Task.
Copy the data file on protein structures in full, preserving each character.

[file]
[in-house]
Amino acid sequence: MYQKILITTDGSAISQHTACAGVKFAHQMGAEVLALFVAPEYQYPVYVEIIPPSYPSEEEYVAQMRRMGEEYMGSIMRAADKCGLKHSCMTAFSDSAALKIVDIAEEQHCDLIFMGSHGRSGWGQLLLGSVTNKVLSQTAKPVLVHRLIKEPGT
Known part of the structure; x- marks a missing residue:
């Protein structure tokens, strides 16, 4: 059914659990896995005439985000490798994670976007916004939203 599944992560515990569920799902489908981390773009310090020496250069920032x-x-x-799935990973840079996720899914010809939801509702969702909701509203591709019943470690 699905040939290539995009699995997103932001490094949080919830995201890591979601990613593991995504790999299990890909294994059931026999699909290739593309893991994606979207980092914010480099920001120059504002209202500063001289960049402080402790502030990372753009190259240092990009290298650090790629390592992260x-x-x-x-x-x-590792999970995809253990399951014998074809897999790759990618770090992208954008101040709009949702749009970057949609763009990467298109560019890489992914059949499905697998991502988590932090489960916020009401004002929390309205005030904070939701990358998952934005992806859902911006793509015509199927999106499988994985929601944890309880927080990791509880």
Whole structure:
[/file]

[in-house]
Amino acid sequence: MYQKILITTDGSAISQHTACAGVKFAHQMGAEVLALFVAPEYQYPVYVEIIPPSYPSEEEYVAQMRRMGEEYMGSIMRAADKCGLKHSCMTAFSDSAALKIVDIAEEQHCDLIFMGSHGRSGWGQLLLGSVTNKVLSQTAKPVLVHRLIKEPGT
Known part of the structure; x- marks a missing residue:
């Protein structure tokens, strides 16, 4: 059914659990896995005439985000490798994670976007916004939203 599944992560515990569920799902489908981390773009310090020496250069920032x-x-x-799935990973840079996720899914010809939801509702969702909701509203591709019943470690 699905040939290539995009699995997103932001490094949080919830995201890591979601990613593991995504790999299990890909294994059931026999699909290739593309893991994606979207980092914010480099920001120059504002209202500063001289960049402080402790502030990372753009190259240092990009290298650090790629390592992260x-x-x-x-x-x-590792999970995809253990399951014998074809897999790759990618770090992208954008101040709009949702749009970057949609763009990467298109560019890489992914059949499905697998991502988590932090489960916020009401004002929390309205005030904070939701990358998952934005992806859902911006793509015509199927999106499988994985929601944890309880927080990791509880």
Whole structure: